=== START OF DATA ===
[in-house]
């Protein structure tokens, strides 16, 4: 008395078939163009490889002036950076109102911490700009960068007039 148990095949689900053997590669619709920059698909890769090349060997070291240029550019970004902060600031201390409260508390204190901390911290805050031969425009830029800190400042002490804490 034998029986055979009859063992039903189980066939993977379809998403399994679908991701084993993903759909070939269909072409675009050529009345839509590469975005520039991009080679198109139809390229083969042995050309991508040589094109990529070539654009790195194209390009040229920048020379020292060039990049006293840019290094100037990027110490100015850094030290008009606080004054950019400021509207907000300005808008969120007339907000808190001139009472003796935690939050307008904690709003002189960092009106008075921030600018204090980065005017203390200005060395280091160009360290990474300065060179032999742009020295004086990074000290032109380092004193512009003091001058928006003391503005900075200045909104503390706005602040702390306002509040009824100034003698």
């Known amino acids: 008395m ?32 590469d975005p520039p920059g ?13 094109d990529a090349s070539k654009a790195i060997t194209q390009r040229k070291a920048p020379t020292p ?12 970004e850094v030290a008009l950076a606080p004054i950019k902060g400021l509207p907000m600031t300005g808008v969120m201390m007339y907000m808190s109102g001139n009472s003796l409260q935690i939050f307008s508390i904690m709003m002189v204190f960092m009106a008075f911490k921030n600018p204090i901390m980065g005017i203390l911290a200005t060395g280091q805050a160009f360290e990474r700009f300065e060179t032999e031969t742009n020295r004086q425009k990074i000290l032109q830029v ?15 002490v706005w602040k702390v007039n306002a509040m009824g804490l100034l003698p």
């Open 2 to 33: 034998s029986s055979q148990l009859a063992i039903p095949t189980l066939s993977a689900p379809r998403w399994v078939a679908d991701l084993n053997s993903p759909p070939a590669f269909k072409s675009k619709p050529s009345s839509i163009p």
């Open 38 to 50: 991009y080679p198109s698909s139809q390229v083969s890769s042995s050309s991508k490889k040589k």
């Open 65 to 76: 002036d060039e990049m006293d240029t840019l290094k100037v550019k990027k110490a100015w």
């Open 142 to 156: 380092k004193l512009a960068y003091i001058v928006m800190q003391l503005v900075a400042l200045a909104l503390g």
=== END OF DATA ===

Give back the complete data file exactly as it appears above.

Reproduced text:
[in-house]
């Protein structure tokens, strides 16, 4: 008395078939163009490889002036950076109102911490700009960068007039 148990095949689900053997590669619709920059698909890769090349060997070291240029550019970004902060600031201390409260508390204190901390911290805050031969425009830029800190400042002490804490 034998029986055979009859063992039903189980066939993977379809998403399994679908991701084993993903759909070939269909072409675009050529009345839509590469975005520039991009080679198109139809390229083969042995050309991508040589094109990529070539654009790195194209390009040229920048020379020292060039990049006293840019290094100037990027110490100015850094030290008009606080004054950019400021509207907000300005808008969120007339907000808190001139009472003796935690939050307008904690709003002189960092009106008075921030600018204090980065005017203390200005060395280091160009360290990474300065060179032999742009020295004086990074000290032109380092004193512009003091001058928006003391503005900075200045909104503390706005602040702390306002509040009824100034003698």
């Known amino acids: 008395m ?32 590469d975005p520039p920059g ?13 094109d990529a090349s070539k654009a790195i060997t194209q390009r040229k070291a920048p020379t020292p ?12 970004e850094v030290a008009l950076a606080p004054i950019k902060g400021l509207p907000m600031t300005g808008v969120m201390m007339y907000m808190s109102g001139n009472s003796l409260q935690i939050f307008s508390i904690m709003m002189v204190f960092m009106a008075f911490k921030n600018p204090i901390m980065g005017i203390l911290a200005t060395g280091q805050a160009f360290e990474r700009f300065e060179t032999e031969t742009n020295r004086q425009k990074i000290l032109q830029v ?15 002490v706005w602040k702390v007039n306002a509040m009824g804490l100034l003698p």
């Open 2 to 33: 034998s029986s055979q148990l009859a063992i039903p095949t189980l066939s993977a689900p379809r998403w399994v078939a679908d991701l084993n053997s993903p759909p070939a590669f269909k072409s675009k619709p050529s009345s839509i163009p």
């Open 38 to 50: 991009y080679p198109s698909s139809q390229v083969s890769s042995s050309s991508k490889k040589k």
């Open 65 to 76: 002036d060039e990049m006293d240029t840019l290094k100037v550019k990027k110490a100015w």
């Open 142 to 156: 380092k004193l512009a960068y003091i001058v928006m800190q003391l503005v900075a400042l200045a909104l503390g």